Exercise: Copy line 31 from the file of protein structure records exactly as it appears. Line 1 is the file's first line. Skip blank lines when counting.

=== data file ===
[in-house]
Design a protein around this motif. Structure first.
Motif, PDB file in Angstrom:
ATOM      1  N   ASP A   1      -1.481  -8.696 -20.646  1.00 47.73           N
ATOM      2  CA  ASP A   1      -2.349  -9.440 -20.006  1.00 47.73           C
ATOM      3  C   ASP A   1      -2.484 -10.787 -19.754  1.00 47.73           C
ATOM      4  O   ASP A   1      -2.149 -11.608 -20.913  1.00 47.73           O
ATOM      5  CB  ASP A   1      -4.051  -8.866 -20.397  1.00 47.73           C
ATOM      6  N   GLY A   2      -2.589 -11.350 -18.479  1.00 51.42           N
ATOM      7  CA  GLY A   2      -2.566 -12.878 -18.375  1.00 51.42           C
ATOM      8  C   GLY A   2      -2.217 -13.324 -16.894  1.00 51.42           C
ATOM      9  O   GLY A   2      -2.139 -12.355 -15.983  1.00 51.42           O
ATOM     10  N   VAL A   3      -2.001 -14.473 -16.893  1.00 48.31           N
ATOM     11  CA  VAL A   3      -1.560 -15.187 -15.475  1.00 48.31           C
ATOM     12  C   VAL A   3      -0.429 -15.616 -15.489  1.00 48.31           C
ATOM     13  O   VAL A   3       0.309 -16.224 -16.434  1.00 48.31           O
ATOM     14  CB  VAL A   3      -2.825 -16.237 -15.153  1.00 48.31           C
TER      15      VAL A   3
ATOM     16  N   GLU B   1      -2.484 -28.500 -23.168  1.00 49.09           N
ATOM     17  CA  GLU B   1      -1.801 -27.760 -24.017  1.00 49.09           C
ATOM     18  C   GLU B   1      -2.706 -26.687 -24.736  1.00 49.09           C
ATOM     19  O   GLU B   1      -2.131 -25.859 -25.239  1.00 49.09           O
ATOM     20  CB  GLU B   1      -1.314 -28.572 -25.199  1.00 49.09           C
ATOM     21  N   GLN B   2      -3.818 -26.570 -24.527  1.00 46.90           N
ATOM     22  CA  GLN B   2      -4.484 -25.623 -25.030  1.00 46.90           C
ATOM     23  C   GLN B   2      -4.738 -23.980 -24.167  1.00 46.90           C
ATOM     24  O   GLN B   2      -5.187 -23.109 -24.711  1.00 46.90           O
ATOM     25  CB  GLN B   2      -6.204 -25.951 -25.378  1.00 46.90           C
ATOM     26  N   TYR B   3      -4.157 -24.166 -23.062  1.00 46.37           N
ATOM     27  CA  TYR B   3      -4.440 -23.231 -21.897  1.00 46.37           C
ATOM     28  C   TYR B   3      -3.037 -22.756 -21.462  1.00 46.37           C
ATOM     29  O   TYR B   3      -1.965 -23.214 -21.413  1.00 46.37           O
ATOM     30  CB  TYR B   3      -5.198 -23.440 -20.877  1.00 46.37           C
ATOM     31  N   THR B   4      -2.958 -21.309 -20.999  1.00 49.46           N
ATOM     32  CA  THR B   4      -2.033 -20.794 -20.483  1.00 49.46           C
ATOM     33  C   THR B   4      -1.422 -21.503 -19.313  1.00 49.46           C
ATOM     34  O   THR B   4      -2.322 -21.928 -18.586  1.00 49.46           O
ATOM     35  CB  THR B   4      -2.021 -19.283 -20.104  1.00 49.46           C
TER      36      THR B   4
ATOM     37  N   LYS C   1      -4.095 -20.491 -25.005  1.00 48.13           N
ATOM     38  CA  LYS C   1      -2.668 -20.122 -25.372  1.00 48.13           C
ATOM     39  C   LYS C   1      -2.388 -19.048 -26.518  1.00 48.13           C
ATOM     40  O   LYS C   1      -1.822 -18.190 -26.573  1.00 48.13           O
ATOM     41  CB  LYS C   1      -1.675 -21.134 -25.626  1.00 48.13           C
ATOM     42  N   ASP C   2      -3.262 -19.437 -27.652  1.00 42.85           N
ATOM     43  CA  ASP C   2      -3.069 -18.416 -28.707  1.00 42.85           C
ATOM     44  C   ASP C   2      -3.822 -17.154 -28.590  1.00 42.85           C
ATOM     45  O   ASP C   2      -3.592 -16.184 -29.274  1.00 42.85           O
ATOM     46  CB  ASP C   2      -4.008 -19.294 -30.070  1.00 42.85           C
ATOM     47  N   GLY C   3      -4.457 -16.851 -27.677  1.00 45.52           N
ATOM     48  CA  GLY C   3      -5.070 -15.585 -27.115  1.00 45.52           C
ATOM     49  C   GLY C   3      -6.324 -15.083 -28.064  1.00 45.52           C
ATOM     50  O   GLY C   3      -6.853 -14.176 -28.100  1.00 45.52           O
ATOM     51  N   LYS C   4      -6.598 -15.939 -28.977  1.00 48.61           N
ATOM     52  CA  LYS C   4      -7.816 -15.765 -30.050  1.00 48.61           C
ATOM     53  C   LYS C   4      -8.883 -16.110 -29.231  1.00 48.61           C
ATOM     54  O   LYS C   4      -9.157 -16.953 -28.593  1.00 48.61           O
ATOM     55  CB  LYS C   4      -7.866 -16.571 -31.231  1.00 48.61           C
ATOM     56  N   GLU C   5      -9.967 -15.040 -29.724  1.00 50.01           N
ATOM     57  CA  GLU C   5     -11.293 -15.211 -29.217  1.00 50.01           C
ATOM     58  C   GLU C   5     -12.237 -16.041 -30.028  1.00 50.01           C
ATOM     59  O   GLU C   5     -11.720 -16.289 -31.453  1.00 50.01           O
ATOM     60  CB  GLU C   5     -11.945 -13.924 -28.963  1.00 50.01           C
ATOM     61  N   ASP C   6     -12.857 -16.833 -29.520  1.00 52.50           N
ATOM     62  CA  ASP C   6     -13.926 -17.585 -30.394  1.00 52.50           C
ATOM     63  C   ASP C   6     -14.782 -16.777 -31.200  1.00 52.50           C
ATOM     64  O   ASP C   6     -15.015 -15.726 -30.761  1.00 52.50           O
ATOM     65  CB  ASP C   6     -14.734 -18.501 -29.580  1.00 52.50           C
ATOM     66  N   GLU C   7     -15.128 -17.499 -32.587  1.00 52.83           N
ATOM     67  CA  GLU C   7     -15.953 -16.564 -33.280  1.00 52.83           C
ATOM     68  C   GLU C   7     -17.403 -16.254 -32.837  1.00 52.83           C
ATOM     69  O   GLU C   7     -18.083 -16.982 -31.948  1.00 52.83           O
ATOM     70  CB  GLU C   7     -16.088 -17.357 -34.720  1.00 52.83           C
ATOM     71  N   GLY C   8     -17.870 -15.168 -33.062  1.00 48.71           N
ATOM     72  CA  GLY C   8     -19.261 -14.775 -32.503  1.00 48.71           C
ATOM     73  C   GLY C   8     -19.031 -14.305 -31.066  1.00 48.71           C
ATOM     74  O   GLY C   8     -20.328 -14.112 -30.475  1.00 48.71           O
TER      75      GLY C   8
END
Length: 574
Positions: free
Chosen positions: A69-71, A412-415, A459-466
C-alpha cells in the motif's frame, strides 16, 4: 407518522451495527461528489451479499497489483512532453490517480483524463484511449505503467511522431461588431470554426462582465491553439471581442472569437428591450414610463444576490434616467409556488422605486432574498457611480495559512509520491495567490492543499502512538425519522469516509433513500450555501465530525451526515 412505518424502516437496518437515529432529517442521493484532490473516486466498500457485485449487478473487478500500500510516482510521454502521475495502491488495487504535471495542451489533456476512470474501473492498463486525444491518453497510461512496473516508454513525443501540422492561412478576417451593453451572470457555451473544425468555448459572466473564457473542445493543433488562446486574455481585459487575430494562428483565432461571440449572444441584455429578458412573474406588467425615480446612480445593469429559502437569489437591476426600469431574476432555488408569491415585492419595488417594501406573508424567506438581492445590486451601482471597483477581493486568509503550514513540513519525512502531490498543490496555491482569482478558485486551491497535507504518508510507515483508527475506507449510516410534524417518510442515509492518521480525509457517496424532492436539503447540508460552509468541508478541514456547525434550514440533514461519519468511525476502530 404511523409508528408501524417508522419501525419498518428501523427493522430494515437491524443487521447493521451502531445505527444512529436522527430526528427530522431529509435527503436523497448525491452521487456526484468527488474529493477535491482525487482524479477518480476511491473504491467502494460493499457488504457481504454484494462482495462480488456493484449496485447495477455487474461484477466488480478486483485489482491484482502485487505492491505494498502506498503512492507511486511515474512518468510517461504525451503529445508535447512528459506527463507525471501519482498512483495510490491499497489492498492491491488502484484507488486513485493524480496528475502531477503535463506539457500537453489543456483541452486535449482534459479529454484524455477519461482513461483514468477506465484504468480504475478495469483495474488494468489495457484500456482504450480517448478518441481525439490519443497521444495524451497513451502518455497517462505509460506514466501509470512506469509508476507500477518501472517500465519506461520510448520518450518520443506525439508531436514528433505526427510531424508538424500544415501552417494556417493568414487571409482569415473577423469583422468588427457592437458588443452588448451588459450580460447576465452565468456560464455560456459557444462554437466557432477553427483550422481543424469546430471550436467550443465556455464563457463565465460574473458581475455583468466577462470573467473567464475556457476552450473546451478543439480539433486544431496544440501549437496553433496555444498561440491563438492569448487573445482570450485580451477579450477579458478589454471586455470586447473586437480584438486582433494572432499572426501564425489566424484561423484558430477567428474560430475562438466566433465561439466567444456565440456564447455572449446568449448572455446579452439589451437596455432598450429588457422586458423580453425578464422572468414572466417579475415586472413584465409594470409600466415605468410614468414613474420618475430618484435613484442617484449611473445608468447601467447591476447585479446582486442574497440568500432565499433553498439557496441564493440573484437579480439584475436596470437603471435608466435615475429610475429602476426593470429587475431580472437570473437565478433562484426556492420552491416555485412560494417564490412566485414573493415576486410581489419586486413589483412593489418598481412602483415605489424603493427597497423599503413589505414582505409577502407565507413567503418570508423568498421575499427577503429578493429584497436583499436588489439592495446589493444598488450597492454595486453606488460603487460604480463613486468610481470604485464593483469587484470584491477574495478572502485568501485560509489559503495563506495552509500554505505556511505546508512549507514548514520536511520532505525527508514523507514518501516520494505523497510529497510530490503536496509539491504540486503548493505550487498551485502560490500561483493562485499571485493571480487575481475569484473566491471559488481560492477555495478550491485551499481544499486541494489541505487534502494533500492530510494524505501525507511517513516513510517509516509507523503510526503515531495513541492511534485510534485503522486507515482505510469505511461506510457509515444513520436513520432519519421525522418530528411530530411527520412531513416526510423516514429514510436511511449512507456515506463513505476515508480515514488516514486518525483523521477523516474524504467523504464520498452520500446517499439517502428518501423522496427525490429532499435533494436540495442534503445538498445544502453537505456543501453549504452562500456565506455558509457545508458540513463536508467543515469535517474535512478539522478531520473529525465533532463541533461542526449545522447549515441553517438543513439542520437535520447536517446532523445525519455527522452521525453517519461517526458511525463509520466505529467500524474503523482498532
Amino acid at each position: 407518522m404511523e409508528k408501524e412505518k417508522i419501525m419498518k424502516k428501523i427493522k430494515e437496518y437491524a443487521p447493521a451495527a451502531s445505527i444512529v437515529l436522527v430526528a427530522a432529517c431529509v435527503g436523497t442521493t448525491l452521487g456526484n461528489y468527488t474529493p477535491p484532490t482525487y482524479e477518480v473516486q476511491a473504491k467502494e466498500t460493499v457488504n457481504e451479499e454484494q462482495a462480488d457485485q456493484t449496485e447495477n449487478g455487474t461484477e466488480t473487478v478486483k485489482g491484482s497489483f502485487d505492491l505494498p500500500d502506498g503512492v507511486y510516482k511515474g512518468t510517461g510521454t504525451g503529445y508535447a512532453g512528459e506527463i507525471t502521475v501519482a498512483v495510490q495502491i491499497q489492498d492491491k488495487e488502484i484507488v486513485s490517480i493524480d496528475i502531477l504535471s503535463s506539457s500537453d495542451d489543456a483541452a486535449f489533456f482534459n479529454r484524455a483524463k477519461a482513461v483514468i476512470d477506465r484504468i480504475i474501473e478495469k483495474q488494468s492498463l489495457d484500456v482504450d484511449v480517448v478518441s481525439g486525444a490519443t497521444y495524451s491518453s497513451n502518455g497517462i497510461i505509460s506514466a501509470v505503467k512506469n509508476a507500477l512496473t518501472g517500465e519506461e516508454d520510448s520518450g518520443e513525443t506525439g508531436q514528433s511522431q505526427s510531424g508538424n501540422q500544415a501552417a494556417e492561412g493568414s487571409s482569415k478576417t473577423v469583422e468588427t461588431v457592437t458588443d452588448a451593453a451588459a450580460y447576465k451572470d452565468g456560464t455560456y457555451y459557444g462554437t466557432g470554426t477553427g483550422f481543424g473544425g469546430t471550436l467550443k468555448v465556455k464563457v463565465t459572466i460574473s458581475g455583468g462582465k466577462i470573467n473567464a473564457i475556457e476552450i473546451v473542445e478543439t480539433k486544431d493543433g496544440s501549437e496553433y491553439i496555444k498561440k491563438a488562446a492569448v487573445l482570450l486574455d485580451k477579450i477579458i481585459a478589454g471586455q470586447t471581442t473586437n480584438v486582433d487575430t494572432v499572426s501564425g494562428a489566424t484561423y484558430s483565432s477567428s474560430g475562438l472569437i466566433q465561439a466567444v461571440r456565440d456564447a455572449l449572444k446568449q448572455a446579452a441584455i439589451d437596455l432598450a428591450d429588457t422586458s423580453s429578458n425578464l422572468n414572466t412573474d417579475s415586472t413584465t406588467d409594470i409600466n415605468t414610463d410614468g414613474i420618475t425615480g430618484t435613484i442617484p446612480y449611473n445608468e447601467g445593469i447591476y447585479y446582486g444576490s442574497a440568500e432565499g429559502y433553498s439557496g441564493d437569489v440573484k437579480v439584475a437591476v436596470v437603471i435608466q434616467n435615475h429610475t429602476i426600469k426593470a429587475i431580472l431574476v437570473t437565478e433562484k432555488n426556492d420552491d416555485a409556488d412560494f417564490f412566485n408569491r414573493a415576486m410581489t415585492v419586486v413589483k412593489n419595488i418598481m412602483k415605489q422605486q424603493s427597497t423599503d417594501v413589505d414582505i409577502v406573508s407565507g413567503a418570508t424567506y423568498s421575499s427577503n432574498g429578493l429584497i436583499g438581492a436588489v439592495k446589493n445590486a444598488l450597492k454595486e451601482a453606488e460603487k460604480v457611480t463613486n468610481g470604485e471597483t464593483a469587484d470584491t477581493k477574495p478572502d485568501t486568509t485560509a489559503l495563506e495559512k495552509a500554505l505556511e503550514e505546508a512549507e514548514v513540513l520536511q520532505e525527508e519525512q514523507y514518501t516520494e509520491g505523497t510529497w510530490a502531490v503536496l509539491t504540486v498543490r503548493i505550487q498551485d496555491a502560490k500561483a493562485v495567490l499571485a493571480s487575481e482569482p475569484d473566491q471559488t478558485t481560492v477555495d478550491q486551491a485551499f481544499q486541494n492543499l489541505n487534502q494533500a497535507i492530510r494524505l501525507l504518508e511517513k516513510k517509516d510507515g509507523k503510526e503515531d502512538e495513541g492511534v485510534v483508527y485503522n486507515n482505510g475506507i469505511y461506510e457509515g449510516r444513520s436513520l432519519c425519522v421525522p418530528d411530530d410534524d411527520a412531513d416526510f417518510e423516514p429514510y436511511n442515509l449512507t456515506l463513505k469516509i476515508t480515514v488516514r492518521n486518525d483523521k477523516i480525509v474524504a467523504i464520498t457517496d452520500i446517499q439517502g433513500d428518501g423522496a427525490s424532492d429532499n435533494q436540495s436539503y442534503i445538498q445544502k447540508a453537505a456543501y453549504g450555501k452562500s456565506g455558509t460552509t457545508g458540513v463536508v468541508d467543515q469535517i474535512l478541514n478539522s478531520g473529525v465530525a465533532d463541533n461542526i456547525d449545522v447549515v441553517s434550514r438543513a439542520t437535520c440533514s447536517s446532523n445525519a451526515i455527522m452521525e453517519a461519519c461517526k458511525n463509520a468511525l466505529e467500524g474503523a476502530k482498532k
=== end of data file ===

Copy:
ATOM     28  C   TYR B   3      -3.037 -22.756 -21.462  1.00 46.37           C